There is no other plant more suitable for use in beds and borders than the marigold. Common garden flower but colorful, inexpensive and so easy to germinate and grow, marigolds varieties are available in a wide range of heights, hues and flower forms. The marigold have a long flowering period, they bloom entire summer and autumn until they are killed by frost. The rugged marigolds are perfect for containers where they combine well with other plants.
The leaves of all marigolds are dark green, deeply divided and have a somewhat unpleasant, aromatic fragrance. Their strong scent is effective in repelling many garden pests, so plant marigolds in the vegetable garden also not just as a flower in your flower garden. They are attractive as cut flowers too, if the scent is not a problem. Change the water in the vase frequently.
Marigolds have naturalized in many warm climate areas all over the world. Hundreds of varieties of marigold have been developed for the garden over the last few hundred years. These plants were brought from the new world to Europe in the 16th century and many plant hybrids have appeared since than.
Marigolds are propagated by their black needle-like seeds, that can be easily sown directly in the garden in place where they are to be grown. When seedlings are 2.5-5 cm high thin them to 30 cm apart. They can also be sown indoors and transplanted outdoors when danger of frost has passed.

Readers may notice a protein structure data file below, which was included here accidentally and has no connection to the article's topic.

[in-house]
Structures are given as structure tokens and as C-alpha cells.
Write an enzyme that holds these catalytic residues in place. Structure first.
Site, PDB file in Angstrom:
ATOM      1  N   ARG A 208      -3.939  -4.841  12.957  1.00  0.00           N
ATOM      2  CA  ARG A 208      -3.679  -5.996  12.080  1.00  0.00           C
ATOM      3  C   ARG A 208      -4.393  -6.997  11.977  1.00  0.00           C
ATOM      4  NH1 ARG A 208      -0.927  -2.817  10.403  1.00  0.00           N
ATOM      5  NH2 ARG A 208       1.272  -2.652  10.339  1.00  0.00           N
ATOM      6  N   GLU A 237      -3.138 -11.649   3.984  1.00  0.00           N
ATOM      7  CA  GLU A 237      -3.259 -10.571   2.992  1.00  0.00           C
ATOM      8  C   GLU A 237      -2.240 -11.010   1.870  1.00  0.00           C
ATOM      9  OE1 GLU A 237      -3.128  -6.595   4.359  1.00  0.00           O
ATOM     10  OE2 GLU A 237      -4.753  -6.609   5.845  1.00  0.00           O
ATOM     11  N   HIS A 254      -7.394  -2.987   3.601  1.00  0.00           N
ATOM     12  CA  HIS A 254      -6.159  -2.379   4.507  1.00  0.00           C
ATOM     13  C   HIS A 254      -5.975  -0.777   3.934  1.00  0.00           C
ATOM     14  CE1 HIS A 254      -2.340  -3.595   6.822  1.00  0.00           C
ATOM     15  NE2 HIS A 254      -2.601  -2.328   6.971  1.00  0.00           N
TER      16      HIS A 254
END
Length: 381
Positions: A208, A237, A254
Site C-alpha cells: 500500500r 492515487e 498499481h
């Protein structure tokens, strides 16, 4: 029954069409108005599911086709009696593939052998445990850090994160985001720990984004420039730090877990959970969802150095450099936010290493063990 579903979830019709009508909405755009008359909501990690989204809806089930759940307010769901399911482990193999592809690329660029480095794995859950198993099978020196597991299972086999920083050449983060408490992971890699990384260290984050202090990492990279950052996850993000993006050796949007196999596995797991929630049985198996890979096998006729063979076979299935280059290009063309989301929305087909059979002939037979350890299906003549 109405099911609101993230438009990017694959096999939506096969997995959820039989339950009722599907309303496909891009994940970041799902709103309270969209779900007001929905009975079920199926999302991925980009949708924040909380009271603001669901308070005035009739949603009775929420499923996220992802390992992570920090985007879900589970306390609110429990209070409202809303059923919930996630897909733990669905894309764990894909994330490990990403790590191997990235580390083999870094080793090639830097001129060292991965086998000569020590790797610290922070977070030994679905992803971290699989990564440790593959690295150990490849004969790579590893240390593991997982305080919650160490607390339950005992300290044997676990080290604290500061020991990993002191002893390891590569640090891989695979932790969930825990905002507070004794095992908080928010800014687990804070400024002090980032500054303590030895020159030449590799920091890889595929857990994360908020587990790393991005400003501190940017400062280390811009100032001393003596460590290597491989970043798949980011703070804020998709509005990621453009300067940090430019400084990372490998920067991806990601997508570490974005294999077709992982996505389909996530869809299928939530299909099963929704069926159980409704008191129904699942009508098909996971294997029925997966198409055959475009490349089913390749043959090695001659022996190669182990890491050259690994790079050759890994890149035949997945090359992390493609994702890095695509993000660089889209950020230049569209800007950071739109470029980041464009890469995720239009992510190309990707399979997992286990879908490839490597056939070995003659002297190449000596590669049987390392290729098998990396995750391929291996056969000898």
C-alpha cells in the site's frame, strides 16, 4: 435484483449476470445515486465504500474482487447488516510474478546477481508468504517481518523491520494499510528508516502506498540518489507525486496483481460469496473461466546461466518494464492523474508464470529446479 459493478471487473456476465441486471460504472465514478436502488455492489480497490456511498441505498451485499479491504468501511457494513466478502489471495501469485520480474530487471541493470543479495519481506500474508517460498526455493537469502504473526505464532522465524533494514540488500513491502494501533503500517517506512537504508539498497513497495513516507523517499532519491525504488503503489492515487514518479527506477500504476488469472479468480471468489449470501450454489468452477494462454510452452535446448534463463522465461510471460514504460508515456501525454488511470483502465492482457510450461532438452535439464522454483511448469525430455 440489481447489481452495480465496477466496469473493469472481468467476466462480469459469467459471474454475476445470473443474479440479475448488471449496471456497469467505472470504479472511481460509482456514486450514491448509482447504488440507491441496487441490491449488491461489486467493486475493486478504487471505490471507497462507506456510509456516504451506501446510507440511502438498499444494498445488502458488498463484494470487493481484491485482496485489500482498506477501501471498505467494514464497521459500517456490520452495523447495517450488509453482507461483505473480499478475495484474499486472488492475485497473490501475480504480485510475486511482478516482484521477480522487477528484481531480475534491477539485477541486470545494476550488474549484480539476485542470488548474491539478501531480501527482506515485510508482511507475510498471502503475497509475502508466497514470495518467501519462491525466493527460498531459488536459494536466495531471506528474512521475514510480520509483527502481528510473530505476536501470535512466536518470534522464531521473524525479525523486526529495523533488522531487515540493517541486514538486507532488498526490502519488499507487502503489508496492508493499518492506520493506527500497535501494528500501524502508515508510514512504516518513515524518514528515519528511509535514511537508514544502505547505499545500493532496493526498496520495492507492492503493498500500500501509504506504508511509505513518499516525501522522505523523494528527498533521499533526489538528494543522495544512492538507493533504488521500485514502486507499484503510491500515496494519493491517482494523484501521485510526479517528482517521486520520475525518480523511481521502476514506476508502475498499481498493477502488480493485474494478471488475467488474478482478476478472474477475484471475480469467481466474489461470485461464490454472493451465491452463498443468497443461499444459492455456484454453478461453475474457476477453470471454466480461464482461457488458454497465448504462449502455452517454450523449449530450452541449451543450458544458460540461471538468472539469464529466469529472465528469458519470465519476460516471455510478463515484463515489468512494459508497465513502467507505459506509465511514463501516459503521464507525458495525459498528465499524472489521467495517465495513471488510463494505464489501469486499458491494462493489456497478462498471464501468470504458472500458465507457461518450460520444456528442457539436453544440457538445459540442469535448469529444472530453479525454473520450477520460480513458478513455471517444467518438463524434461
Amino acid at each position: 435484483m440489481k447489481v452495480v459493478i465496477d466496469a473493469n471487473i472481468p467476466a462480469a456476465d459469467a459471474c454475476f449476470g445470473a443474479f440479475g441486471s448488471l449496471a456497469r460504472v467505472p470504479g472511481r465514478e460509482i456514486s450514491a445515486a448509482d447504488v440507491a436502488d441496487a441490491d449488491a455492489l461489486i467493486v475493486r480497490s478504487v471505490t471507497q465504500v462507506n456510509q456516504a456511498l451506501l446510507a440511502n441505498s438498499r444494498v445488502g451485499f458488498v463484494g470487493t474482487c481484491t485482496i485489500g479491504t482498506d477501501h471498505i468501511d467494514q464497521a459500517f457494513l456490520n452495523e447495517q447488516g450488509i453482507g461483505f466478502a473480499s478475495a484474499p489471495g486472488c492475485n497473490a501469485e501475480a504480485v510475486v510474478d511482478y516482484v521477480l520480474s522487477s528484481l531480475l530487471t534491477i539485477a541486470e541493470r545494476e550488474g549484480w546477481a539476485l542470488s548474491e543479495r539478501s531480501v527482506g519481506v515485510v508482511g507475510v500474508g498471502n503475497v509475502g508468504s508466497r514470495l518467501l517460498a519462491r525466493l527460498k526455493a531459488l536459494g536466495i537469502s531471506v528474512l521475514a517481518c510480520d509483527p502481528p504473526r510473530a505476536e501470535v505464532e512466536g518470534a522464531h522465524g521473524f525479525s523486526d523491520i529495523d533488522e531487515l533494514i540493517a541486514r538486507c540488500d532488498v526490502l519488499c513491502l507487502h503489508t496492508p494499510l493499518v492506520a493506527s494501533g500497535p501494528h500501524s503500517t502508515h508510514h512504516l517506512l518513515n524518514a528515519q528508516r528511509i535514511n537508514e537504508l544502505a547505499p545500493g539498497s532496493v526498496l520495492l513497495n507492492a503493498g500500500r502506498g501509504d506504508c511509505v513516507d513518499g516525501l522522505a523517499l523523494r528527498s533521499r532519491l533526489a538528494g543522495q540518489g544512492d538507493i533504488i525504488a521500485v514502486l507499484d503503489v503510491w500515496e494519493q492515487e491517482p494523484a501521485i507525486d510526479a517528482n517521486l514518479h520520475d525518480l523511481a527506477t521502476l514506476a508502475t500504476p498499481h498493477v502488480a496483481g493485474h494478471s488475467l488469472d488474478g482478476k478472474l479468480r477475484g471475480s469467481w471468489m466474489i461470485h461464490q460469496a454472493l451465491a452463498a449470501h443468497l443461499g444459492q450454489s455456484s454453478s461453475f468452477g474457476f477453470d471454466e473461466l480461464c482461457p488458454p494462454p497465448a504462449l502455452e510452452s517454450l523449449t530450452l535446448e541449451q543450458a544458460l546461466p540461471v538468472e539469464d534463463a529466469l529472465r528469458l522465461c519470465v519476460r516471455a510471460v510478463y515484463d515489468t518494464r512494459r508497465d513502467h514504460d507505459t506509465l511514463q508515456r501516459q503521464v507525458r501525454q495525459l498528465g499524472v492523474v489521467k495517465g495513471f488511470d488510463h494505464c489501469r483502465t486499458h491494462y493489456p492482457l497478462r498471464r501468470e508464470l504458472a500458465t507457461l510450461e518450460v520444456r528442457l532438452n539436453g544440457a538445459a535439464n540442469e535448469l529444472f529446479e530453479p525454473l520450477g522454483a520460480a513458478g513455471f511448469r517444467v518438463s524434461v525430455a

Sow marigolds seeds indoors in spring, 6-8 weeks before last frost date, or if you want later blooms, you can sow them after the last frost date. Sow the seeds directly in the ground, covering them with about 0.5 cm of soil. Alternatively, you can buy healthy, green plants with no signs of wilting or disease.
Plant marigold seedlings, those you’ve started yourself or those that you have purchased, outside in spring after last frost date. They will need a place in full sun and a rich, well-drained soil. Water them during periods of drought. Position seedlings 20 to 45 cm apart, depending on the variety. Pinch off any blooms that have appeared on the plants at planting time to redirect the plants energy to their roots for long-term health and better flowering.
Mulch to prevent weeds and conserve moisture. Fertilize marigolds every 4-6 weeks, if you want, but you can just work in plenty of compost at planting time instead. If you will grow them in pots, use a loam-based potting compost and during the growing season water them freely and apply a balanced liquid fertilizer. Pinch or snap off dead-heads to prolong flowering. Pull up and discard plants in autumn after frost blackens the leaves.